Throughout the evolution of software tools there exists a tension between generalization and partial specialization. A tool’s broader adoption is a form of natural selection, where its evolution is predicated on filling a given need, or role, better than its competition. This premise is imbued in the central tenets of Unix philosophy:
- Make each program do one thing well. To do a new job, build afresh rather than complicate old programs by adding new features.
- Expect the output of every program to become the input to another, as yet unknown, program.
The domain of configuration management tooling is rife with examples of not heeding this lesson (i.e. Terraform, Puppet, Chef, Ansible, Juju, Saltstack, etc), where expanse in generality has given way to partial specialization of different tools, causing fragmentation of an ecosystem. This pattern has not gone unnoticed by those in the Kubernetes cluster lifecycle special interest group, or SIG, whose objective is to simplify the creation, configuration, upgrade, downgrade, and teardown of Kubernetes clusters and their components. Therefore, one of the primary design principles for any subproject that the SIG endorses is: Where possible, tools should be composable to solve a higher order set of problems.
In this post, we will outline the history and motivations behind the creation of the Cluster API as a specialized toolset to bring declarative, Kubernetes-style APIs to cluster creation, configuration, and management in the Kubernetes ecosystem. The primary function of Cluster API is not meant to supplant existing tools, but to serve as a partial specialization that can be used in a composable fashion with those tools.
Early in the evolution of the Kubernetes project, there was a desire for configurability, as different environments had varying constraints. This flexibility gave way to a myriad of assertions, and opinions, that initially fragmented the community around installation paths. However, it was clear to the community that there were a set of common overlapping concerns, or a lowest common denominator. In order to address these specific concerns, kubeadm was born as a composable bootstrapping tool for Kubernetes clusters.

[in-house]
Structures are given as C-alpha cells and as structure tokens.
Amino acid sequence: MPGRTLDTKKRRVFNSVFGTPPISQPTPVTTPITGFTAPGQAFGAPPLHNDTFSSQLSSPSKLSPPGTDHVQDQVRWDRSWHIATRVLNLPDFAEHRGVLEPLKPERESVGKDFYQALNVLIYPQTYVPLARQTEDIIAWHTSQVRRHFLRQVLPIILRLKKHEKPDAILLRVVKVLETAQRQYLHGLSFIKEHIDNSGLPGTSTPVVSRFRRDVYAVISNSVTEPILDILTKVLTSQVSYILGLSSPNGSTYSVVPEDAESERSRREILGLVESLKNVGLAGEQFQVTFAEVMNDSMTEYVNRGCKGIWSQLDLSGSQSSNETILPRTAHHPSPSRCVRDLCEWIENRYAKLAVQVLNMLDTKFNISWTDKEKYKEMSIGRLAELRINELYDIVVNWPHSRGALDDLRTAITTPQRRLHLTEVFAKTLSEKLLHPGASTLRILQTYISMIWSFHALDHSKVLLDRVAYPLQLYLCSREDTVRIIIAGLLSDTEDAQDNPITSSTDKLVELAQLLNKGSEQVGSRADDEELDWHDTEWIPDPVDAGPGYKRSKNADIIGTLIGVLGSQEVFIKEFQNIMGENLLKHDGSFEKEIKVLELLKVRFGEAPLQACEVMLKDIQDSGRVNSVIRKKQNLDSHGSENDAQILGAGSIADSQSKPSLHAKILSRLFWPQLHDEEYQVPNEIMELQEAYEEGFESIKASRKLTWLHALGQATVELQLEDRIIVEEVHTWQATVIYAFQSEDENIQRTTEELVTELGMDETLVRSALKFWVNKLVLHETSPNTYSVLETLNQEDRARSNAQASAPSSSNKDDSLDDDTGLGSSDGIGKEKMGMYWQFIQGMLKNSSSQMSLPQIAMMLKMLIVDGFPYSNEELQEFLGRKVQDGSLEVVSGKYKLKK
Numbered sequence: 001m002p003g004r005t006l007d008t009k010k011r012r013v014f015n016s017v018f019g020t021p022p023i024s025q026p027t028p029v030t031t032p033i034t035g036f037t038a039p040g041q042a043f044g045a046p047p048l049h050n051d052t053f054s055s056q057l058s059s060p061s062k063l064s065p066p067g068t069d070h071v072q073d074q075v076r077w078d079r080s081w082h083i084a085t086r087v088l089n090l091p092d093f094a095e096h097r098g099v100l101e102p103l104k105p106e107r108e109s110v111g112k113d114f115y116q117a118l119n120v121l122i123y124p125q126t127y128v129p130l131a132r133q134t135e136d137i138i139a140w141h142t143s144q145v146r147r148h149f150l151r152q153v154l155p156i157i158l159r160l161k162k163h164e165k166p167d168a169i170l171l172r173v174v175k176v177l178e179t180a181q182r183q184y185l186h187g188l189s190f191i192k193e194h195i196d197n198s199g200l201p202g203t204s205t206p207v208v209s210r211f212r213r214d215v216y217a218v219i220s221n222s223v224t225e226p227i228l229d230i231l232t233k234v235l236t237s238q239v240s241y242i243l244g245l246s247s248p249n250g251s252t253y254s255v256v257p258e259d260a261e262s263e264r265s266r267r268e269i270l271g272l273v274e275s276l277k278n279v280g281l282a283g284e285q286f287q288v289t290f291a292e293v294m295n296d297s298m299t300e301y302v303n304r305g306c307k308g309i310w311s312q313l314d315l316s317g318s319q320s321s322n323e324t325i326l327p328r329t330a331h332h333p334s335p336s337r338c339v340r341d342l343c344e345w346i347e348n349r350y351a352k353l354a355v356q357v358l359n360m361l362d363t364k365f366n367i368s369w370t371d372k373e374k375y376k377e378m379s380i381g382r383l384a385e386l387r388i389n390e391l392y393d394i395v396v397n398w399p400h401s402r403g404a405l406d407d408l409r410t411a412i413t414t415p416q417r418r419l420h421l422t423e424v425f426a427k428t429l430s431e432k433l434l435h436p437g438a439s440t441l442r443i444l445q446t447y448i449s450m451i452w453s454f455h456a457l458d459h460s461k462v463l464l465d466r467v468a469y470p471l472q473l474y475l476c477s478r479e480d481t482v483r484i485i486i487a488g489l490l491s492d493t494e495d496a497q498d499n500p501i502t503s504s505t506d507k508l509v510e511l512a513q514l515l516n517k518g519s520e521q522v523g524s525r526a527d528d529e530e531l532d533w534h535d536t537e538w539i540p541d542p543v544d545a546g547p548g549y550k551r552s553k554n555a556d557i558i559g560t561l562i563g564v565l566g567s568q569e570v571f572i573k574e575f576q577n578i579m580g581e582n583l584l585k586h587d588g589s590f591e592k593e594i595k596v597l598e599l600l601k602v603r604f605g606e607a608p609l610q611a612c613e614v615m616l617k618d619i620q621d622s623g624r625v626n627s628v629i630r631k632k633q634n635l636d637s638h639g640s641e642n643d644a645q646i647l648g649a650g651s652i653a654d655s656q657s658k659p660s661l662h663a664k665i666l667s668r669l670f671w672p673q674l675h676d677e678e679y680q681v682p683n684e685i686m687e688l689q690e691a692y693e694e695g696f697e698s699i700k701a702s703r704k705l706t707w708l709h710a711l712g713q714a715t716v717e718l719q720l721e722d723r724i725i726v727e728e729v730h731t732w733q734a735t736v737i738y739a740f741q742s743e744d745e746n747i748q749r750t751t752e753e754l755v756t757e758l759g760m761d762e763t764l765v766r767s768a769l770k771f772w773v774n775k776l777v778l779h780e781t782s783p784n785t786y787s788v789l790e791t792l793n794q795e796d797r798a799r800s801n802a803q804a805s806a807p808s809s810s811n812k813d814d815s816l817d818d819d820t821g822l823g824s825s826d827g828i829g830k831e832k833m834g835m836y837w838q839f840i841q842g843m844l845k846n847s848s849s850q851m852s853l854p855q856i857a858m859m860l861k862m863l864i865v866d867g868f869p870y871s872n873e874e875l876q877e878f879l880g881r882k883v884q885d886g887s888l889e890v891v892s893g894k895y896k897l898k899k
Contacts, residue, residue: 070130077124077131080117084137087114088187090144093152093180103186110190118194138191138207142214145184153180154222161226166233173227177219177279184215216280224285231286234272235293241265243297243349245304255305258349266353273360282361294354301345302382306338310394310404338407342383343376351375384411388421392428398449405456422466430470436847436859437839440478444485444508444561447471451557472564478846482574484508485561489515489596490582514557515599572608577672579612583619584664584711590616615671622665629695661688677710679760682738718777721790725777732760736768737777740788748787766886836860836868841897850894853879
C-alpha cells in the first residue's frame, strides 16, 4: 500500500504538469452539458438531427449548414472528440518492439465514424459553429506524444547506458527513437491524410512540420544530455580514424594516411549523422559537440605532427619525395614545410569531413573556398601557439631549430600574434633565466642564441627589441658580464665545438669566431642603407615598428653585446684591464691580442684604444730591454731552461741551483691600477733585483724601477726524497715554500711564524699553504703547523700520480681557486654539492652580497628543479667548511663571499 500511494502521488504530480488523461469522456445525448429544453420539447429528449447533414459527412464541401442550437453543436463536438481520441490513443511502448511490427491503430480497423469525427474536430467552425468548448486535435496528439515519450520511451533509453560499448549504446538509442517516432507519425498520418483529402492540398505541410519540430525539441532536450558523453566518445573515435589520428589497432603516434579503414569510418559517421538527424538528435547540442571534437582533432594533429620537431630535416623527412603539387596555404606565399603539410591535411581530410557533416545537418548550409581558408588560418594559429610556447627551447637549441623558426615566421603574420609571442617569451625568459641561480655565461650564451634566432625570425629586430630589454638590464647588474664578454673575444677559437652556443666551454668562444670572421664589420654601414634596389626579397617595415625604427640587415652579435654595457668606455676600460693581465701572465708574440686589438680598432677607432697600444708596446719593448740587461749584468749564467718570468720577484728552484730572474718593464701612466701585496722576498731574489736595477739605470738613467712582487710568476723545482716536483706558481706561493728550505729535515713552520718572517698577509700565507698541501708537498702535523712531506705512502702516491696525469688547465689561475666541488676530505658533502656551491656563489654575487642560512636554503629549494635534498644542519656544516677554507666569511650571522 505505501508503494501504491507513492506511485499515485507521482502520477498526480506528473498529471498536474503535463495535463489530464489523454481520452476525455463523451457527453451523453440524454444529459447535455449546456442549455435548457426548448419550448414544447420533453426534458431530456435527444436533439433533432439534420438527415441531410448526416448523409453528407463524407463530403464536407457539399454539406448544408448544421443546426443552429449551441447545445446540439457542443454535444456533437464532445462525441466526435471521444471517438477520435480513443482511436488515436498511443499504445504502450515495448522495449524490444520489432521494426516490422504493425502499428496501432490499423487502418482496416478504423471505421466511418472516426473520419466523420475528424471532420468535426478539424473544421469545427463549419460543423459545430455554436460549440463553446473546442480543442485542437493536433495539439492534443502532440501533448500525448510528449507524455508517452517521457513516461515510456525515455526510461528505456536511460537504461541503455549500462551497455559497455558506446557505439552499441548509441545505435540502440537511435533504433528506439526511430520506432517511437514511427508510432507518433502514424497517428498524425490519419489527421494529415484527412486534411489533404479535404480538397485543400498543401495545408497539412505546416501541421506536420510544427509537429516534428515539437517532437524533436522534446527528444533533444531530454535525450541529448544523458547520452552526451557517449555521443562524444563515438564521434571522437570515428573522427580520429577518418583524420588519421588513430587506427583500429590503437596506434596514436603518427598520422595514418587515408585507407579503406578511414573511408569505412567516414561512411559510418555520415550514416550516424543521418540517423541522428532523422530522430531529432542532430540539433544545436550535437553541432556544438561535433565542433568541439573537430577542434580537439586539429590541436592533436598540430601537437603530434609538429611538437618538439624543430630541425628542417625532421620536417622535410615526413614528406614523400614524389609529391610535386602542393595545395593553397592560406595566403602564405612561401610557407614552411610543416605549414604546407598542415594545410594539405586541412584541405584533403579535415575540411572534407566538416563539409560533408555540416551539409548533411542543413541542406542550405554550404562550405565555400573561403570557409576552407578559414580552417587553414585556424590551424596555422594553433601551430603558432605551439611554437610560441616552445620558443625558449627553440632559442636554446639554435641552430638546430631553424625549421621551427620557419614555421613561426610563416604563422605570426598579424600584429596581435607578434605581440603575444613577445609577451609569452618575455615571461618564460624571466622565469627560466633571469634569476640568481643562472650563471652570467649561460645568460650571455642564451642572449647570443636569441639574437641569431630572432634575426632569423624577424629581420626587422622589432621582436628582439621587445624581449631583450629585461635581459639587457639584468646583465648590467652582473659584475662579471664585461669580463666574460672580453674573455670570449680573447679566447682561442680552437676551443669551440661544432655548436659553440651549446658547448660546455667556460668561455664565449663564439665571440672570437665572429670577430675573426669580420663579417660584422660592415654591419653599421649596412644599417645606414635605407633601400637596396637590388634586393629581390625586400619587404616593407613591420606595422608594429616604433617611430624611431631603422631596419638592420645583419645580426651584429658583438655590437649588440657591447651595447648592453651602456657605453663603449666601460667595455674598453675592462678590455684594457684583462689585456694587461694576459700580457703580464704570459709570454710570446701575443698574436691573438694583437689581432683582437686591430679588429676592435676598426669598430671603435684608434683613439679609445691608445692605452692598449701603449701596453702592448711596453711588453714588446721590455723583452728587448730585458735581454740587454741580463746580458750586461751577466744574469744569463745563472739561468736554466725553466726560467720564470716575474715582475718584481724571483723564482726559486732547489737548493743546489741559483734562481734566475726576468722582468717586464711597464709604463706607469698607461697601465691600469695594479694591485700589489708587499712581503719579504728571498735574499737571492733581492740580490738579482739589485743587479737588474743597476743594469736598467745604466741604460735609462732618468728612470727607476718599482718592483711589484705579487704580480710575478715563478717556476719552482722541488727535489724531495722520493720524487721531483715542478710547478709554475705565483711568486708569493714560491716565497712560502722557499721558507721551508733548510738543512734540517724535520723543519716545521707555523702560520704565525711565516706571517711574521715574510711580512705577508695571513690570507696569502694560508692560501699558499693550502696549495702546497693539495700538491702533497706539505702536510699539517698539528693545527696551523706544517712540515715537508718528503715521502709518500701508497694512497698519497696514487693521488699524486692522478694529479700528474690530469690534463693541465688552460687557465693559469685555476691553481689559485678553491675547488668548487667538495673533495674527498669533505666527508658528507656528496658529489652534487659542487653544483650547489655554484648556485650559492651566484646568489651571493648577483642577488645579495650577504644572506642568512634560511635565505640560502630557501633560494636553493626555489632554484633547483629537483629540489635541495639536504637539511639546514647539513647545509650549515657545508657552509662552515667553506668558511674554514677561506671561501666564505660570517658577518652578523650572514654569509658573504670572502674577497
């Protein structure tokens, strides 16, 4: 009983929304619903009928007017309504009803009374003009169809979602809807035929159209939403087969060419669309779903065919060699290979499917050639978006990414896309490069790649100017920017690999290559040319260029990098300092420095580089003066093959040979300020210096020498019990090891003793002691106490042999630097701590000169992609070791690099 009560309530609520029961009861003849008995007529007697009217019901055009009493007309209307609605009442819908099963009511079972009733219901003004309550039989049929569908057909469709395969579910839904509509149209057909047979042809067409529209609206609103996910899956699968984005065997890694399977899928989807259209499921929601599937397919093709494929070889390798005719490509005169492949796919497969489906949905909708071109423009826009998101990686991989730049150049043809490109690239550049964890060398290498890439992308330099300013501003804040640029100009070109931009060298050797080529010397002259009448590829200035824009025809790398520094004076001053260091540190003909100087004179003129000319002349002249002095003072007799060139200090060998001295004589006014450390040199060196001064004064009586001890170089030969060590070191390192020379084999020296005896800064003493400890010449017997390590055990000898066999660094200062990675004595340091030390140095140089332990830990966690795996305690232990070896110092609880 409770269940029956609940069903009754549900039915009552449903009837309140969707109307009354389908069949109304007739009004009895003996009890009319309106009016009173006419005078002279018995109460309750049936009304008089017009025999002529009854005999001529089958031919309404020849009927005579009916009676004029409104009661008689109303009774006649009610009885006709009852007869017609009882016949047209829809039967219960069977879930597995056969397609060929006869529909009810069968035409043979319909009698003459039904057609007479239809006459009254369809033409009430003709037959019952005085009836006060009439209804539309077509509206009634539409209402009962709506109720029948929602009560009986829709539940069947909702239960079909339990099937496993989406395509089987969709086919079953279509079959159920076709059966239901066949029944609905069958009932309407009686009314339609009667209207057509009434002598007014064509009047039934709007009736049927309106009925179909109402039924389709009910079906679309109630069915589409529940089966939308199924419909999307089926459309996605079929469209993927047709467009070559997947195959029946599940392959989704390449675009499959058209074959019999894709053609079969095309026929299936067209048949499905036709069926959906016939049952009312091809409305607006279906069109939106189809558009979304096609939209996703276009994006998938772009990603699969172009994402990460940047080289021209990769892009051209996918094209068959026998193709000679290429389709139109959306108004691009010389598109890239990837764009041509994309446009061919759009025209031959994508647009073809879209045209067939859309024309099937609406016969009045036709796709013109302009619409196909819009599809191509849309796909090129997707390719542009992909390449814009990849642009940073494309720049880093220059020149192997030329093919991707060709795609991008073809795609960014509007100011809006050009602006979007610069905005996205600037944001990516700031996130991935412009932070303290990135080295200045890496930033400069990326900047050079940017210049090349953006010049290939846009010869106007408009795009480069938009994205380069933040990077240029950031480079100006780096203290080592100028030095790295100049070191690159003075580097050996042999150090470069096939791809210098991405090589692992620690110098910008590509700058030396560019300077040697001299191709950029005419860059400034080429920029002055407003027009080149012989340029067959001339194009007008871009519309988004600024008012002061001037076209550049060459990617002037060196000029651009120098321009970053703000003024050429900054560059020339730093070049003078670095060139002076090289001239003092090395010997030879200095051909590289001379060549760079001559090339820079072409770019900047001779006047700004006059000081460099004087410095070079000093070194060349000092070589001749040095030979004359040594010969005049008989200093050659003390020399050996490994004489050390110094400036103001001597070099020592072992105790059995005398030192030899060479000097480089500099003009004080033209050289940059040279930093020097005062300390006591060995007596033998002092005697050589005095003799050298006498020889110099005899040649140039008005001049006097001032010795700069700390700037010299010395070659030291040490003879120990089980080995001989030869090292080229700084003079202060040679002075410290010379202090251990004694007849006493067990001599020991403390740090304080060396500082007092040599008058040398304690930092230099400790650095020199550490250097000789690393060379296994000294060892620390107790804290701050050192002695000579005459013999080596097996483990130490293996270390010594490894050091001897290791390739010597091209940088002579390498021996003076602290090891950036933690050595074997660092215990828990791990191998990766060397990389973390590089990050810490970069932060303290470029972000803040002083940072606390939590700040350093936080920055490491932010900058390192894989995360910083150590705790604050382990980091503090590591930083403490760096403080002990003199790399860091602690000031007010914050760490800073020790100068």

Kubeadm was designed to be a focused tool used to bootstrap a best-practices Kubernetes cluster. The core tenet behind kubeadm was for it to become a tool that could be leveraged by other installers. Everything outside of basic control plane bootstrapping was considered out of scope for kubeadm. Approaching the problem in this manner provides the community with a highly leveraged tool that alleviates the amount of configuration that installers need to maintain.
Kubeadm has received a large amount of uptake from the community and has become the central bootstrapping tool for a number of other applications, including Kubespray, Minikube, kind, etc. Where kubeadm’s functionality ends, however, a new set of problems begins.
Enter Cluster API
Kubeadm provided only one tool required to bootstrap a control plane, but there are a set of other questions that still exist, for example:
- “How do I provision all the other infrastructure I need for a Kubernetes cluster (load balancers, VPC, etc.)?”
- “How do I manage other lifecycle events across that infrastructure (upgrades, deletions, etc.)?”
- “How can I manage any number of clusters in a similar fashion to how I manage deployments in Kubernetes?”
- “How can we control all of this via an API?”
When we surveyed the ecosystem of tools that existed, we often found existing tools solved a subset of the problems above. On introspection we viewed Kubernetes as the gold standard for managing fleets of applications, so why not use similar patterns for managing fleets of Kubernetes clusters in a similar fashion?